A conversation between Gibraltar Equipment Finance President Jeffry Pfeffer and PwC Partner Cort Jacoby on how supply chain optimization creates opportunities for growth and ROI. This is the final installment in a 3-part series.
In an environment where supply chains are complex, global, and more competitive than ever, most business leaders are aware of the need to prioritize supply chain performance optimizations and to focus on building supply resilience. However, many questions exist about how to build plans that deliver real returns.
We began chipping away at these big questions in the first two installments of our Supply Chain Expert Insights Series. In the first installment, Jeffry Pfeffer and Cort Jacoby, a Partner at PwC, discussed how companies can apply three strategies to get ahead of supply chain challenges: combat rising costs while addressing limited buying power, secure access to talent and support training, and prioritize investments that generate faster payback.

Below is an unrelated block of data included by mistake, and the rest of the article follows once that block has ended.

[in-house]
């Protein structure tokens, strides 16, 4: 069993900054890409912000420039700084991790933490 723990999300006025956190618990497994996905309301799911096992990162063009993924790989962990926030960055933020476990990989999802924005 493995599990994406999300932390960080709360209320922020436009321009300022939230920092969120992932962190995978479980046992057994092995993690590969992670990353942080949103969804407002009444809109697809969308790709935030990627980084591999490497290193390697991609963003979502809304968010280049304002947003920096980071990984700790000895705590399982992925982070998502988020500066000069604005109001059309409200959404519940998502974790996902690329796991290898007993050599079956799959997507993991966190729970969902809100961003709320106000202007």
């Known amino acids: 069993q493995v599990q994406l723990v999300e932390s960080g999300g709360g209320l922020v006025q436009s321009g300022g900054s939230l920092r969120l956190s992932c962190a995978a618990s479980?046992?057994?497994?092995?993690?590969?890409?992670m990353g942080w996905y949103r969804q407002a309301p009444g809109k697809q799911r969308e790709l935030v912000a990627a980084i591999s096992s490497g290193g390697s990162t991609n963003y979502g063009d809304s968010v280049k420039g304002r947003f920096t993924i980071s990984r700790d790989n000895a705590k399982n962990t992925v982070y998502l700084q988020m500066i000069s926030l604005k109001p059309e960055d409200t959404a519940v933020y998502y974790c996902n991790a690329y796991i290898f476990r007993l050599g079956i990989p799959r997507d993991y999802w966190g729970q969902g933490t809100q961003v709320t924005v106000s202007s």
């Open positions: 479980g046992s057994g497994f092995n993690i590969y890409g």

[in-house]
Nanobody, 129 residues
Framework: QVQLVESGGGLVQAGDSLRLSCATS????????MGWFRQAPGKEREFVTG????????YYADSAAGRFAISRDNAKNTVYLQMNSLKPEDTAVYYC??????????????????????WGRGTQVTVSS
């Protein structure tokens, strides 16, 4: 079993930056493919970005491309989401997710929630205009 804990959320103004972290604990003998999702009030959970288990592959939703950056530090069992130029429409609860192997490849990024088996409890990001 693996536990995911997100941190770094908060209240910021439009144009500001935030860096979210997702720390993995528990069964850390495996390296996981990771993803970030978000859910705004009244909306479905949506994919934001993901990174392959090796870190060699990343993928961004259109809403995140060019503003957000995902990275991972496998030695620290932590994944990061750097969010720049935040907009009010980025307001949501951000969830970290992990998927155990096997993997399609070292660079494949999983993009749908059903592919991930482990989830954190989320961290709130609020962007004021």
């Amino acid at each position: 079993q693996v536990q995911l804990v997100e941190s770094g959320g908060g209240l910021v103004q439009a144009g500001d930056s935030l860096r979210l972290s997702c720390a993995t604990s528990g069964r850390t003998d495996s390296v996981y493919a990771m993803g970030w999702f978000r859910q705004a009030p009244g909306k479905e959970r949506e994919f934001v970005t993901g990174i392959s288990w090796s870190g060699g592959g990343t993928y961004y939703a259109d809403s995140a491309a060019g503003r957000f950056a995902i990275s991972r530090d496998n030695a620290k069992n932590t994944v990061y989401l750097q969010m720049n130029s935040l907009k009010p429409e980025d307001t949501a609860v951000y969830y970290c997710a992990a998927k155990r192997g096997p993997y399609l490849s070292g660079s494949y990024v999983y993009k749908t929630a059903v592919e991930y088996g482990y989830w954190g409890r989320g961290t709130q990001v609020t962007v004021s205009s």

In the second installment, Pfeffer and Jacoby gave their top action plan recommendations to optimize business operations, including embracing data-driven processes and digitization, focusing on supply chain diversification and specialization, and investing in training and retraining a talented labor pool.
Our third installment provides insights into how middle-market companies can put those strategies into action, identify where operational efficiencies exist, and build an ROI plan for immediate returns and long-term growth.
When evaluating current operations, particularly in today’s interest rate environment, Jacoby and Pfeffer advise companies to carefully evaluate investments to ensure short-term ROI exists.
Pfeffer emphasized there’s value in targeting shorter cycles to drive faster returns while evaluating longer-term investments that are required for more significant transformation in the long term. The key is determining where value exists on the investment horizon, how to maximize investment in a Capex cycle, and what financing vehicle best supports the business’ growth goals, Pfeffer said.